Do homosexuals somehow think that coming out of the closet with the power of the federal government behind them is going to change anything? If anything, it will harden attitudes against them.

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  11. Wayne says:

    Setting aside the size of the military for a minute, there are cultural differences between U.S. and other counties. Many countries have topless beaches and coed restroom. Those things simply wouldn’t fly in “most” places in the U.S. Imagine the reaction if a guy walks into a girls restroom at a restaurant or a school.

    IMO the biggest factor is even though there is PC in other places in the world, the U.S. has taken it to the extreme. The military bureaucracy and Congress will overreact to any instance which will result in even more resentments within the ranks. You know the old boiling pot syndrome.

    Also I bet we are not getting the full story about gays from the other countries. My experience is anything PC results in bias story telling. Example are claims of the affect about allowing women into Airborne School. The negative affect get swept under the rug.

    Perhaps these other counties are doing fine. Likely there are other factors in play as well. Also the band may have been lifted but how many openly gay man are serving in those counties? In the end I not convince from a couple of bias article.

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  12. Franklin says:

    I am NOT suggesting that they “live a lie” at all. I am saying that they keep their life to themselves, nobody really wants to know.

    So if someone asks them about their home life, they just stand there and look at the wall? What is your proposal here?

    You seem to be under the impression that “teh gheys” are forcing themselves and their lifestyle upon everyone. People who actually know any gay people know this is quite far from the truth. Has it ever occurred to you that gay people just want to live a normal life like everyone else? Maybe people just don’t want to get fired for being seen at the bar with the person they love.

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  13. sam says:

    @JJ

    Further, Congress would have to change the Uniform Code of Military Justice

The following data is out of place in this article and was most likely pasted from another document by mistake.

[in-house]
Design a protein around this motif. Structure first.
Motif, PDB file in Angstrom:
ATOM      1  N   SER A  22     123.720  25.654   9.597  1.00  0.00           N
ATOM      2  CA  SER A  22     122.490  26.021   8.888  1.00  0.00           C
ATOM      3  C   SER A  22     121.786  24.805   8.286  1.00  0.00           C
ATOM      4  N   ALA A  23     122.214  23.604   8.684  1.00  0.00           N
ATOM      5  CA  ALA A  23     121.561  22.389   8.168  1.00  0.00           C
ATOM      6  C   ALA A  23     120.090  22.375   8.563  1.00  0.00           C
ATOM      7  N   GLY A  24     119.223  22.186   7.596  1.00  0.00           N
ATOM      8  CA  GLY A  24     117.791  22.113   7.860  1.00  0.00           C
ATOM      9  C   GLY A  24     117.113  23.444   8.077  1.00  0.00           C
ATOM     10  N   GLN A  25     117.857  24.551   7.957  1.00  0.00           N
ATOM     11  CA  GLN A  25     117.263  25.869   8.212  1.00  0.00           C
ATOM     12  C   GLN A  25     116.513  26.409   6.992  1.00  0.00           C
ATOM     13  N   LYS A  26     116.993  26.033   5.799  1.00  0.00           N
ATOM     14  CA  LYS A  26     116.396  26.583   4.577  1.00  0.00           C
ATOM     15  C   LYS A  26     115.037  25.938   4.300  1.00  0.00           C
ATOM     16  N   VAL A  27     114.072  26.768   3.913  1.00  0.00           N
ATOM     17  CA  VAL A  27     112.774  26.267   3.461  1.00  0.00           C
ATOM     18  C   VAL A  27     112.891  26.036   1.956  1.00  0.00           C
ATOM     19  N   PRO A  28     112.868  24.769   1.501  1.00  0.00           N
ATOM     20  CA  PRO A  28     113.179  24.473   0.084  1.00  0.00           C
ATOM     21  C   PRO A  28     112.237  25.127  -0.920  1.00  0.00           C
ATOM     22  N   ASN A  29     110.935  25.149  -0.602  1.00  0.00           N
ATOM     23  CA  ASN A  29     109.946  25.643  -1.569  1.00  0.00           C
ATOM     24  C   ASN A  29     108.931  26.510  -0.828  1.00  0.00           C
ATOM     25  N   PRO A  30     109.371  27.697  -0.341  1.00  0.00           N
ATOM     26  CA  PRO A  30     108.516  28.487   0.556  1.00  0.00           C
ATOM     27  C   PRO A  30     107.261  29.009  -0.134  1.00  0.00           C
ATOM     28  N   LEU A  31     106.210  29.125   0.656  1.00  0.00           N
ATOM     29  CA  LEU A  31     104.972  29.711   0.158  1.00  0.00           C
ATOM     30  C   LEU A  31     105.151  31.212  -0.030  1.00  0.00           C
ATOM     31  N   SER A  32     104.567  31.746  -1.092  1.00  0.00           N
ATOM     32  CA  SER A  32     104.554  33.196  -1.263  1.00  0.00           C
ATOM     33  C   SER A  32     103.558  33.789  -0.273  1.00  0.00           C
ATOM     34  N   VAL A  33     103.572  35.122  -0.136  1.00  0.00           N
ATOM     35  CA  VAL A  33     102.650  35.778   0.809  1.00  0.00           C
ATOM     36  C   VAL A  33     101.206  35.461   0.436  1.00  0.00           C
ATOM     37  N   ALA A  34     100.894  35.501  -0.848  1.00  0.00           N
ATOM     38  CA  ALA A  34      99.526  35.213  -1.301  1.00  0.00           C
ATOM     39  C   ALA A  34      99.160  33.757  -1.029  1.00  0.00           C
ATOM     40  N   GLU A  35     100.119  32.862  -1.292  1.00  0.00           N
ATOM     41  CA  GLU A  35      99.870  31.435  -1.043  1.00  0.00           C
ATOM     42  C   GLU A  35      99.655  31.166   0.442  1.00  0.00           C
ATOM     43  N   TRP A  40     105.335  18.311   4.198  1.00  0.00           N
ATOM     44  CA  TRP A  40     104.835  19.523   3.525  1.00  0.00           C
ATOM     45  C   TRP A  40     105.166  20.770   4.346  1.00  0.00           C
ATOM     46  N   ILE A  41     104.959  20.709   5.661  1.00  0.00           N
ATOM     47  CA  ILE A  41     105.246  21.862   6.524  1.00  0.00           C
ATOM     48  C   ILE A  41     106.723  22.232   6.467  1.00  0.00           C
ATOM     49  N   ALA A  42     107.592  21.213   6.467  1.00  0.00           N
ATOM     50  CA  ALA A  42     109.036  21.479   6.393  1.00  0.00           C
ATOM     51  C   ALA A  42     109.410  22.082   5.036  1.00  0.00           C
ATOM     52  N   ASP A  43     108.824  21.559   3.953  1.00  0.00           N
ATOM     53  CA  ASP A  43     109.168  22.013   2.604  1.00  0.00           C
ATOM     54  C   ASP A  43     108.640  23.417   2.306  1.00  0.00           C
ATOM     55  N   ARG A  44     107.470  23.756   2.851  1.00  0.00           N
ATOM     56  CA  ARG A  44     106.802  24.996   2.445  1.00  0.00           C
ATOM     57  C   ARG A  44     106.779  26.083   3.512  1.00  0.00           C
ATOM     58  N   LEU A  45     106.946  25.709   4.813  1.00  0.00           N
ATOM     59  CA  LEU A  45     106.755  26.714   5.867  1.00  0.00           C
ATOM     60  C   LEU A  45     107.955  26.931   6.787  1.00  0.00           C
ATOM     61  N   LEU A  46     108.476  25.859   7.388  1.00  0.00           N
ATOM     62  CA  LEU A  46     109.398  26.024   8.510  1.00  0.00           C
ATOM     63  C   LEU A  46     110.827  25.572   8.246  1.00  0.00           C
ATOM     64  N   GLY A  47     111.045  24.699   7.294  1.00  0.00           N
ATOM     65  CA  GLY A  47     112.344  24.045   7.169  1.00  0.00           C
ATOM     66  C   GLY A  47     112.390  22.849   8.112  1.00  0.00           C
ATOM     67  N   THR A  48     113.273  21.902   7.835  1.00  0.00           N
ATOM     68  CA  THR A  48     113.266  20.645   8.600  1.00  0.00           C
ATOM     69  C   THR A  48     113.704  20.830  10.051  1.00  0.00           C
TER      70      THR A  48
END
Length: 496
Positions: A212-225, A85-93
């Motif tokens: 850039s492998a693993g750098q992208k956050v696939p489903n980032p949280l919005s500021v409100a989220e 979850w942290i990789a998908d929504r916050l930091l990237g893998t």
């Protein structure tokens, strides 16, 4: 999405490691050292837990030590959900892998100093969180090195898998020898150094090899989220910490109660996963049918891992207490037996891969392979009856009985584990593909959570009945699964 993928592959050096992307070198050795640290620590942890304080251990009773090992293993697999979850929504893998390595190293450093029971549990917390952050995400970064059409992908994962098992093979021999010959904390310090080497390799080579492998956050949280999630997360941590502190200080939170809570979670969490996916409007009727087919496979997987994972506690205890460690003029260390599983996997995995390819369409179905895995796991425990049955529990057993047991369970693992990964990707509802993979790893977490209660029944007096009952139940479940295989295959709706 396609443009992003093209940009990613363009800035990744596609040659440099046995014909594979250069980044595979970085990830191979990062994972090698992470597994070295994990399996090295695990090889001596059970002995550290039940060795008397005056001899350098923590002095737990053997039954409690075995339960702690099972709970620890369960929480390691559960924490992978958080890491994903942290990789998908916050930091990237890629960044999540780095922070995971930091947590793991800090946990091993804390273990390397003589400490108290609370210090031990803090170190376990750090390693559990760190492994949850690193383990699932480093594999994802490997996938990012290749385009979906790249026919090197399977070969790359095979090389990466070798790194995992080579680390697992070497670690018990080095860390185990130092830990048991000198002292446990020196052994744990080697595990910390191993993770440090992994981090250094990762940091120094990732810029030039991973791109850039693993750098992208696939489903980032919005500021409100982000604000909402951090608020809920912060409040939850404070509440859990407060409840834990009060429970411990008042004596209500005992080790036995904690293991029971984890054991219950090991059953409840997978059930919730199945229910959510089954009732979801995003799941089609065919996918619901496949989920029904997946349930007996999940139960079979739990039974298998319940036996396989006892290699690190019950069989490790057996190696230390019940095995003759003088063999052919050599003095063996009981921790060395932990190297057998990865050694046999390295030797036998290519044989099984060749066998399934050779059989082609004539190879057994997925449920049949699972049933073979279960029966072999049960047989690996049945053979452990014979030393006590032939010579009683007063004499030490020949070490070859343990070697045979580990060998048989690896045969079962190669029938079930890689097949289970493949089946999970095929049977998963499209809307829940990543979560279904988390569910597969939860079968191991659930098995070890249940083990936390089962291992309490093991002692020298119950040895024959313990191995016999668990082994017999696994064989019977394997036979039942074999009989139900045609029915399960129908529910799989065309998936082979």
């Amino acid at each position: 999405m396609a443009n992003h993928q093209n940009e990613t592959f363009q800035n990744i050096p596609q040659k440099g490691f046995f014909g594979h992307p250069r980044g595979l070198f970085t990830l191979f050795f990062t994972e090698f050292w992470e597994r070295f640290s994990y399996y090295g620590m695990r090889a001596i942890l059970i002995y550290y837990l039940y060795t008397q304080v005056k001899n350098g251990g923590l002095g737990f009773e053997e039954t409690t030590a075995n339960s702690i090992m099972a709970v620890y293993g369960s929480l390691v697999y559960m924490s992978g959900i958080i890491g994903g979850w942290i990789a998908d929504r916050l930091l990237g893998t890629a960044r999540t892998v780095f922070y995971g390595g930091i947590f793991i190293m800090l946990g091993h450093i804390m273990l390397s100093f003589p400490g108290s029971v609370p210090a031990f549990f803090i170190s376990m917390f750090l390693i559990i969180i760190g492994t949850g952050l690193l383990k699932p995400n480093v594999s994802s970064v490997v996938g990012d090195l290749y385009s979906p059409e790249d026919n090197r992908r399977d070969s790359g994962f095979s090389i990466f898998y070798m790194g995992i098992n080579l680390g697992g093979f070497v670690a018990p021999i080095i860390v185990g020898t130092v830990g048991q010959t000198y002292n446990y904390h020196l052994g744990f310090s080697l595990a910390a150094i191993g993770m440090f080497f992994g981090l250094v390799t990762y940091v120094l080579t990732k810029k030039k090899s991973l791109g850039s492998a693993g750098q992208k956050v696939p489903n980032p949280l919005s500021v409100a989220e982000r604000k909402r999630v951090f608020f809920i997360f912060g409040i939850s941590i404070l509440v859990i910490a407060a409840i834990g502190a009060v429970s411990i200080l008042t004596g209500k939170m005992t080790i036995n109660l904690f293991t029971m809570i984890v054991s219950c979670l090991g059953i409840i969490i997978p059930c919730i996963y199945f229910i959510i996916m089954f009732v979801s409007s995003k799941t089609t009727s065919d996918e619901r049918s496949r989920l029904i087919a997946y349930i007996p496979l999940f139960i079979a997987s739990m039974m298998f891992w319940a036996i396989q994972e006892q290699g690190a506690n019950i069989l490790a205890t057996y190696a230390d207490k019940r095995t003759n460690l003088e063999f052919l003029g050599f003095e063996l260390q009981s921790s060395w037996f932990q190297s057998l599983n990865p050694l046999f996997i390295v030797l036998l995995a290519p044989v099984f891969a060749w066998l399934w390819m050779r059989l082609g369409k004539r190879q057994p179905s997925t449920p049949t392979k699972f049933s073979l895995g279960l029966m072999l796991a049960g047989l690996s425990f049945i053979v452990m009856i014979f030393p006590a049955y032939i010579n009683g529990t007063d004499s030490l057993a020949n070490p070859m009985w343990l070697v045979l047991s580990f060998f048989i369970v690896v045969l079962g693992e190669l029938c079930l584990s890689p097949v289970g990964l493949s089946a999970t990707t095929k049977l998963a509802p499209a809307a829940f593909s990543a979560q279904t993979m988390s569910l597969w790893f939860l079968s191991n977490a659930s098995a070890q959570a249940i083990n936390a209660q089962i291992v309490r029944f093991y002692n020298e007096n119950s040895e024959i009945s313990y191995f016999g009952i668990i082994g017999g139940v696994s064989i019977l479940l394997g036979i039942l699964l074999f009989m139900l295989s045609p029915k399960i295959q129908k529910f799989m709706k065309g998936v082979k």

Yeah, they would, but as I argued before, as it now stands, Art 125 makes criminals out of, oh I don’t know, nearly everyone (I’d bet):

    (a) Any person subject to this chapter who engages in unnatural carnal copulation with another person of the same or opposite sex or with an animal is guilty of sodomy. Penetration, however slight, is sufficient to complete the offense….

    Explanation.

    It is unnatural carnal copulation for a person to take into that person’s mouth or anus the sexual organ of another person or of an animal; or to place that person’s sexual organ in the mouth or anus of another person or of an animal; or to have carnal copulation in any opening of the body, except the sexual parts, with another person; or to have carnal copulation with an animal.

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  14. Patrick T. McGuire says:

    So if someone asks them about their home life, they just stand there and look at the wall? What is your proposal here?

    Ah hell, is it really that difficult to tell someone that that would be a deeply personal matter not up for discussion? I can damn guarantee you that if someone asks me about my home life, at best I would say “it’s fine” because it’s nobody else’s business.

    Has it ever occurred to you that gay people just want to live a normal life like everyone else?

    Normal, except that they want everyone to know that they are homosexuals. When was the last time you saw a “straight pride” parade, huh?

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  15. Ben says:

    Patrick, you are being very obtuse. In every job I’ve ever had, my co-workers have asked me about my home life (wife, girlfriend, do you have kids, etc etc etc). It’s no different in the military. Soldiers, especially out in the field or in close quarters, are going to discuss this stuff. In my experience, NOT talking about your homelife when asked by colleagues gets you labeled as a loner and a weirdo. It’s simply not realistic to expect people to hide their homelife from coworkers.

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  16. An Interested Party says:

    When was the last time you saw a “straight pride” parade, huh?

    When was the last time you were told that heterosexuals were perverse sexual deviants who wanted to corrupt your children and were merely living a “lifestyle” rather than being born heterosexual, huh?

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  17. anjin-san says:

    I am NOT suggesting that they “live a lie” at all. I am saying that they keep their life to themselves, nobody really wants to know.

    Actually you are not suggesting it, you are demanding it. Hardly a day goes by at work that there is not some sort of yakking about our home live or spouses. You are demanding that gays refrain from this very normal human activity that the rest of us take for granted. Not too big one the “freedom” thing, are you buddy? Well, maybe for yourself, just not for people who are a little different than you.

    Its not shoving information about our personal lives down each other throats, its just being human. I have co-workers who are gay that I am friendly with, and yes, I do want to know how things are going for them at home, just as I do with straight folks I am friendly with.

    I have lived in the bay area my whole life. If there is one thing I have learned, its that when you scratch a homophobe, you often find latency. Exactly what are you so afraid of Patrick?

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  18. anjin-san says:

    The military bureaucracy and Congress will overreact to any instance which will result in even more resentments within the ranks.

    Probably the same argument that was used in favor of keeping blacks as second class citizens in the military a while back. Where do you stand on that issue Wayne?

    Jesus Christ, you are arguing against equality and equal justice under the law because some people might “resent” it. What frigging planet do you live on?